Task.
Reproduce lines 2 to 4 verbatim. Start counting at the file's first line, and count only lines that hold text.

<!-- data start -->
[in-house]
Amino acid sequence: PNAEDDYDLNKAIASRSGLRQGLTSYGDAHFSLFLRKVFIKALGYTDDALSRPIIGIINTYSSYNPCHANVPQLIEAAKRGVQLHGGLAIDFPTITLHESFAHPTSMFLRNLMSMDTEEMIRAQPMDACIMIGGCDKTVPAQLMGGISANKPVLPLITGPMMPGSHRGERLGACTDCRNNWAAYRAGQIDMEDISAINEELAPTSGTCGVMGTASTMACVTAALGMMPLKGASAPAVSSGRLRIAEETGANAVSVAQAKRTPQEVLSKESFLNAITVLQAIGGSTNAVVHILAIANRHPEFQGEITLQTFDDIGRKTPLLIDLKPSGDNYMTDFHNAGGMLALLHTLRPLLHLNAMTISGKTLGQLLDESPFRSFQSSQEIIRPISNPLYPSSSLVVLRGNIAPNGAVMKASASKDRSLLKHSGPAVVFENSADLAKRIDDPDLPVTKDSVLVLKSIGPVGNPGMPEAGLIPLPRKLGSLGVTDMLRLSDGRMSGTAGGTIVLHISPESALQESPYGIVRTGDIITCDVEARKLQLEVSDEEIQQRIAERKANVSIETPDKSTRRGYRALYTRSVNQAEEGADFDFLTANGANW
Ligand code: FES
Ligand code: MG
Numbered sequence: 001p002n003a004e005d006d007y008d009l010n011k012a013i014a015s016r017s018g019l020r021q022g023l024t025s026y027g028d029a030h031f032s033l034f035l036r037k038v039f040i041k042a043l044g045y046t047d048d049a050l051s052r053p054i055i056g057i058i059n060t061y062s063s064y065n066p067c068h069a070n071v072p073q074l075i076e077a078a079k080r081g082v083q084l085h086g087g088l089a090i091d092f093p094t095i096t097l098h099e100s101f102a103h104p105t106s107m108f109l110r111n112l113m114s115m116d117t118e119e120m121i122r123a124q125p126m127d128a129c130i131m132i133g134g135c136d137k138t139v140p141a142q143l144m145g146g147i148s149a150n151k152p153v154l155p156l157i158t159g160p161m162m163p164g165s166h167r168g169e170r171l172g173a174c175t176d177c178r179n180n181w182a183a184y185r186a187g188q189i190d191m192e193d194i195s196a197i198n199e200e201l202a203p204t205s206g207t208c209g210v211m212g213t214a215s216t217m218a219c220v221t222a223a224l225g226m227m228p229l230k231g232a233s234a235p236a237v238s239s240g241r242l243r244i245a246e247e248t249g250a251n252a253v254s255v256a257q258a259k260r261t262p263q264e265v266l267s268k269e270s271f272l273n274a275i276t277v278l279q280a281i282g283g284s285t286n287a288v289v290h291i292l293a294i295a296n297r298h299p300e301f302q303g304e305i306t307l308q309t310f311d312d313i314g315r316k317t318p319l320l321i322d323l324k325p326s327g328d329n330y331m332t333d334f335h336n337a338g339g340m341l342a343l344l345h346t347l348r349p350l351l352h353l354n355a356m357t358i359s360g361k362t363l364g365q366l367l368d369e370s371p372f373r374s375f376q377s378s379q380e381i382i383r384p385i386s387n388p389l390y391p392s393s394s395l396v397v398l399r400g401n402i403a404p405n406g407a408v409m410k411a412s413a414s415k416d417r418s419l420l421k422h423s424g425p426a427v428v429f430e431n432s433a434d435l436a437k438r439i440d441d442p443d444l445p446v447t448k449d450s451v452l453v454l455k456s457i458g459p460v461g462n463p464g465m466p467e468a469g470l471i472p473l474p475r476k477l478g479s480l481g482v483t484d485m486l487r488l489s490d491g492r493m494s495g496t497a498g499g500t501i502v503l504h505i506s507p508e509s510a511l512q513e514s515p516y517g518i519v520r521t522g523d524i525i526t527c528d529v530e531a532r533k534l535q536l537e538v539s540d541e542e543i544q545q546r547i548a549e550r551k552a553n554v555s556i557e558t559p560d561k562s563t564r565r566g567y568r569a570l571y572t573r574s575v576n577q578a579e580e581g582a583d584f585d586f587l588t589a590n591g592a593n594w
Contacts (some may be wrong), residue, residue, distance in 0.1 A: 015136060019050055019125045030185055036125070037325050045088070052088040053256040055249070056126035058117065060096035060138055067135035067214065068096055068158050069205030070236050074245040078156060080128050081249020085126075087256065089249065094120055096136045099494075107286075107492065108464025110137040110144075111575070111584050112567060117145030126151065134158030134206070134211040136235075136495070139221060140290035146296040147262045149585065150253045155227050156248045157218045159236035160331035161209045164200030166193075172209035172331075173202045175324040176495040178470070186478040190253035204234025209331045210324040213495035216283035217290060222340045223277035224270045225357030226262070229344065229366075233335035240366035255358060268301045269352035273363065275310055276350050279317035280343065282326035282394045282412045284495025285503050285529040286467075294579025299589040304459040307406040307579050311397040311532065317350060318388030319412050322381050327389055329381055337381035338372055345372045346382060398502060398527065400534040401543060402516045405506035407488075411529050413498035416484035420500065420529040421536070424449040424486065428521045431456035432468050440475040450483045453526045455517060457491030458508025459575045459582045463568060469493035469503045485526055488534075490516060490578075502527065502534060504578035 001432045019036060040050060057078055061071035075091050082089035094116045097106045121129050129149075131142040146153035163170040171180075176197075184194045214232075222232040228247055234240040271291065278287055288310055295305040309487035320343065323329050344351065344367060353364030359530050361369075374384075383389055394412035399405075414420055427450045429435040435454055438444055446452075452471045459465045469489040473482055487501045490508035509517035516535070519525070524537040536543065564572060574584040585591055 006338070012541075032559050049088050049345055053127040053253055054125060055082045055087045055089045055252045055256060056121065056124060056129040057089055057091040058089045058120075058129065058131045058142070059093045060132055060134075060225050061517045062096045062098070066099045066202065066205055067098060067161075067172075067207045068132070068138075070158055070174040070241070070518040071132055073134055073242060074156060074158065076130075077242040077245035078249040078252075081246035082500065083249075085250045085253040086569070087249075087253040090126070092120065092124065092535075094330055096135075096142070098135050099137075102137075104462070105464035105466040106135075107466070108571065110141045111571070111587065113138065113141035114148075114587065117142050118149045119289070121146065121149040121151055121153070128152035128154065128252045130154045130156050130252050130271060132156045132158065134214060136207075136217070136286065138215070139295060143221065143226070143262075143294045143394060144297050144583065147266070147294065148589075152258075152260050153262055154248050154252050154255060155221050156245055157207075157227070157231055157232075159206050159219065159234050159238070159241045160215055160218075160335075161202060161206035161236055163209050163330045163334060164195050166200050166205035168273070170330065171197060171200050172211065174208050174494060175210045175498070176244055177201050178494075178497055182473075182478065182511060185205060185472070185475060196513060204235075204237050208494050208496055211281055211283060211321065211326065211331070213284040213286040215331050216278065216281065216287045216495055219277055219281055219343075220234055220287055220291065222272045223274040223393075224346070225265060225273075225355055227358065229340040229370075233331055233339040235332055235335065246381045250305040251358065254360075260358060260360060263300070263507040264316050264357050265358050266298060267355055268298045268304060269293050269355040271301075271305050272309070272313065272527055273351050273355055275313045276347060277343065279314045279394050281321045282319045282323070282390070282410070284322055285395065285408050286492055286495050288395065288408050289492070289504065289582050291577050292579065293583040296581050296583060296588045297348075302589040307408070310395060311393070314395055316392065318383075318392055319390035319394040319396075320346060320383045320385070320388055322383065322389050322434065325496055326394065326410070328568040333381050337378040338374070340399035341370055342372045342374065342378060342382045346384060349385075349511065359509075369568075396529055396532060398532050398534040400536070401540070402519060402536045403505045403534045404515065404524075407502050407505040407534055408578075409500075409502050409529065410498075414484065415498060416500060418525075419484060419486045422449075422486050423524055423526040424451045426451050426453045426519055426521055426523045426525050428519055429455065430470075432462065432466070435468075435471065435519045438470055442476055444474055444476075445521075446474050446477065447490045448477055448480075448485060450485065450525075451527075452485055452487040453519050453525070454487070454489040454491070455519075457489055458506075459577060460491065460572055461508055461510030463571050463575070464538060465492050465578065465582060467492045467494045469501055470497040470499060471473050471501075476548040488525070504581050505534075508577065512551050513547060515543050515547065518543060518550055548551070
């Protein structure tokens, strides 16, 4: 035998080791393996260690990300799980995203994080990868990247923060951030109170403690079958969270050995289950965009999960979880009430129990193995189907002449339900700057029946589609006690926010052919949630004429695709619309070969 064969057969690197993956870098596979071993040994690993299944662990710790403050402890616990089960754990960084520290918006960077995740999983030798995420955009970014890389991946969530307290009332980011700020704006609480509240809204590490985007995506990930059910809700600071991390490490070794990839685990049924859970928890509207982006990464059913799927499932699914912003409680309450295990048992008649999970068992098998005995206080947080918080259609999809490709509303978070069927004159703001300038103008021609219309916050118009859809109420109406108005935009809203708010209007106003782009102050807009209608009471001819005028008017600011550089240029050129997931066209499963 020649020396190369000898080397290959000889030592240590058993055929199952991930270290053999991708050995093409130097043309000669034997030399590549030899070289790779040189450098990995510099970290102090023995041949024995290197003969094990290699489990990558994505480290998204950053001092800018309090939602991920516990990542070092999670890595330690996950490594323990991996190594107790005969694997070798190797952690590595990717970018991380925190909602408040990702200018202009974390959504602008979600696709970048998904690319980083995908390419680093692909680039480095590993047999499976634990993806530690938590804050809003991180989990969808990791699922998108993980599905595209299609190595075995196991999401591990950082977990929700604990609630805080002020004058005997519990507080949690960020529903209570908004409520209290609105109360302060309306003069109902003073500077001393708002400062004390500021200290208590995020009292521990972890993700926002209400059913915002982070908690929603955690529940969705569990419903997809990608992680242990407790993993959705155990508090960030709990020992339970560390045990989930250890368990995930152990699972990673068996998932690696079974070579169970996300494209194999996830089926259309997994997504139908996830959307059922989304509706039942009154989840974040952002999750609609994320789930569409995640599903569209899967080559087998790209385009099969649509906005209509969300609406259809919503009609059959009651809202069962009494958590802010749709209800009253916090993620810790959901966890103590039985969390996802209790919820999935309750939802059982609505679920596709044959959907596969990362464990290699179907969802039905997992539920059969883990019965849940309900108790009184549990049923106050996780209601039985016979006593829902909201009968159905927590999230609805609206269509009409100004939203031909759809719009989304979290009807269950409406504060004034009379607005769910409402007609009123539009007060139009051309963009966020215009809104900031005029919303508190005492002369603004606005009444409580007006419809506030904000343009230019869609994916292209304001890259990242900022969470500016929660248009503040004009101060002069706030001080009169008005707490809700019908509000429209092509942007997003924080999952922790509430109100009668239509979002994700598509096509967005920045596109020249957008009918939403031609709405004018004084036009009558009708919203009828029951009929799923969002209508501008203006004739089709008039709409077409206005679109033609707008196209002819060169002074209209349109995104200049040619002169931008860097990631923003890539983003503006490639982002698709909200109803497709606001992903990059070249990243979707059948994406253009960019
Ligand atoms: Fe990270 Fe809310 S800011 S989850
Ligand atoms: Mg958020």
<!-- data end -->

Amino acid sequence: PNAEDDYDLNKAIASRSGLRQGLTSYGDAHFSLFLRKVFIKALGYTDDALSRPIIGIINTYSSYNPCHANVPQLIEAAKRGVQLHGGLAIDFPTITLHESFAHPTSMFLRNLMSMDTEEMIRAQPMDACIMIGGCDKTVPAQLMGGISANKPVLPLITGPMMPGSHRGERLGACTDCRNNWAAYRAGQIDMEDISAINEELAPTSGTCGVMGTASTMACVTAALGMMPLKGASAPAVSSGRLRIAEETGANAVSVAQAKRTPQEVLSKESFLNAITVLQAIGGSTNAVVHILAIANRHPEFQGEITLQTFDDIGRKTPLLIDLKPSGDNYMTDFHNAGGMLALLHTLRPLLHLNAMTISGKTLGQLLDESPFRSFQSSQEIIRPISNPLYPSSSLVVLRGNIAPNGAVMKASASKDRSLLKHSGPAVVFENSADLAKRIDDPDLPVTKDSVLVLKSIGPVGNPGMPEAGLIPLPRKLGSLGVTDMLRLSDGRMSGTAGGTIVLHISPESALQESPYGIVRTGDIITCDVEARKLQLEVSDEEIQQRIAERKANVSIETPDKSTRRGYRALYTRSVNQAEEGADFDFLTANGANW
Ligand code: FES
Ligand code: MG